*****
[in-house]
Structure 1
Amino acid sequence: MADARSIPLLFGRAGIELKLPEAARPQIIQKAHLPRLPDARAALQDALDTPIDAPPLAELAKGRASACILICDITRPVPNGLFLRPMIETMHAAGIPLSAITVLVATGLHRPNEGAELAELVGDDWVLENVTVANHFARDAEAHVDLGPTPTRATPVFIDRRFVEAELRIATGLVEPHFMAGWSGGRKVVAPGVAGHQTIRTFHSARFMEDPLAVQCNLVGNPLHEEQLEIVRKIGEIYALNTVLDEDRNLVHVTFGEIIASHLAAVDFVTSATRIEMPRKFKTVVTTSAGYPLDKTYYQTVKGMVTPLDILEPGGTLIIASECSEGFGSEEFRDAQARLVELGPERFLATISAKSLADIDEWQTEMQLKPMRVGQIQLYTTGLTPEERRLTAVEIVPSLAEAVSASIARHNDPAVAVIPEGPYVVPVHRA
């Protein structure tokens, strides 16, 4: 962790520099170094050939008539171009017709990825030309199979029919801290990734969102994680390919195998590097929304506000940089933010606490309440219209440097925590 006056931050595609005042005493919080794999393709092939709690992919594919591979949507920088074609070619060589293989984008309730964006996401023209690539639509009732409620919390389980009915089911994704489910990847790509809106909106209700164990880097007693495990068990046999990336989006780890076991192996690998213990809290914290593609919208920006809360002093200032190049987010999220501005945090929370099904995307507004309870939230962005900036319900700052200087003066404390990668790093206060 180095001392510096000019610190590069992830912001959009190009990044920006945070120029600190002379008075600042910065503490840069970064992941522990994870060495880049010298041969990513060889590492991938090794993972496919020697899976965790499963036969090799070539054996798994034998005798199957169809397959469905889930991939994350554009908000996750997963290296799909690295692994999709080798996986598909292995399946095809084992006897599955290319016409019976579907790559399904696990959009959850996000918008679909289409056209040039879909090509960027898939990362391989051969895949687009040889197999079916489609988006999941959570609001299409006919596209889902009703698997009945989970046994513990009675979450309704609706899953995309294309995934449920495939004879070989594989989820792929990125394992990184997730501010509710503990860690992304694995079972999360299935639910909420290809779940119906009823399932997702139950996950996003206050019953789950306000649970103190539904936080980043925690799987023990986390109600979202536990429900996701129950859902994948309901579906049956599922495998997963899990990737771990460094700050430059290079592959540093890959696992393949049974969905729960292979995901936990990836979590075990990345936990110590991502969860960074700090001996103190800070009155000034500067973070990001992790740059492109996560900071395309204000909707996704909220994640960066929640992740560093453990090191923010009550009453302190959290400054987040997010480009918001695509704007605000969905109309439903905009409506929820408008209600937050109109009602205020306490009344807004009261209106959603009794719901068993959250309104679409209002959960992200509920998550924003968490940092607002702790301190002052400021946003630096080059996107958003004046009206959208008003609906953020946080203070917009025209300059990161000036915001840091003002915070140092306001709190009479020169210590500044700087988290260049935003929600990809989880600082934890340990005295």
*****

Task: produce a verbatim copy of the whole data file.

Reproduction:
[in-house]
Structure 1
Amino acid sequence: MADARSIPLLFGRAGIELKLPEAARPQIIQKAHLPRLPDARAALQDALDTPIDAPPLAELAKGRASACILICDITRPVPNGLFLRPMIETMHAAGIPLSAITVLVATGLHRPNEGAELAELVGDDWVLENVTVANHFARDAEAHVDLGPTPTRATPVFIDRRFVEAELRIATGLVEPHFMAGWSGGRKVVAPGVAGHQTIRTFHSARFMEDPLAVQCNLVGNPLHEEQLEIVRKIGEIYALNTVLDEDRNLVHVTFGEIIASHLAAVDFVTSATRIEMPRKFKTVVTTSAGYPLDKTYYQTVKGMVTPLDILEPGGTLIIASECSEGFGSEEFRDAQARLVELGPERFLATISAKSLADIDEWQTEMQLKPMRVGQIQLYTTGLTPEERRLTAVEIVPSLAEAVSASIARHNDPAVAVIPEGPYVVPVHRA
């Protein structure tokens, strides 16, 4: 962790520099170094050939008539171009017709990825030309199979029919801290990734969102994680390919195998590097929304506000940089933010606490309440219209440097925590 006056931050595609005042005493919080794999393709092939709690992919594919591979949507920088074609070619060589293989984008309730964006996401023209690539639509009732409620919390389980009915089911994704489910990847790509809106909106209700164990880097007693495990068990046999990336989006780890076991192996690998213990809290914290593609919208920006809360002093200032190049987010999220501005945090929370099904995307507004309870939230962005900036319900700052200087003066404390990668790093206060 180095001392510096000019610190590069992830912001959009190009990044920006945070120029600190002379008075600042910065503490840069970064992941522990994870060495880049010298041969990513060889590492991938090794993972496919020697899976965790499963036969090799070539054996798994034998005798199957169809397959469905889930991939994350554009908000996750997963290296799909690295692994999709080798996986598909292995399946095809084992006897599955290319016409019976579907790559399904696990959009959850996000918008679909289409056209040039879909090509960027898939990362391989051969895949687009040889197999079916489609988006999941959570609001299409006919596209889902009703698997009945989970046994513990009675979450309704609706899953995309294309995934449920495939004879070989594989989820792929990125394992990184997730501010509710503990860690992304694995079972999360299935639910909420290809779940119906009823399932997702139950996950996003206050019953789950306000649970103190539904936080980043925690799987023990986390109600979202536990429900996701129950859902994948309901579906049956599922495998997963899990990737771990460094700050430059290079592959540093890959696992393949049974969905729960292979995901936990990836979590075990990345936990110590991502969860960074700090001996103190800070009155000034500067973070990001992790740059492109996560900071395309204000909707996704909220994640960066929640992740560093453990090191923010009550009453302190959290400054987040997010480009918001695509704007605000969905109309439903905009409506929820408008209600937050109109009602205020306490009344807004009261209106959603009794719901068993959250309104679409209002959960992200509920998550924003968490940092607002702790301190002052400021946003630096080059996107958003004046009206959208008003609906953020946080203070917009025209300059990161000036915001840091003002915070140092306001709190009479020169210590500044700087988290260049935003929600990809989880600082934890340990005295």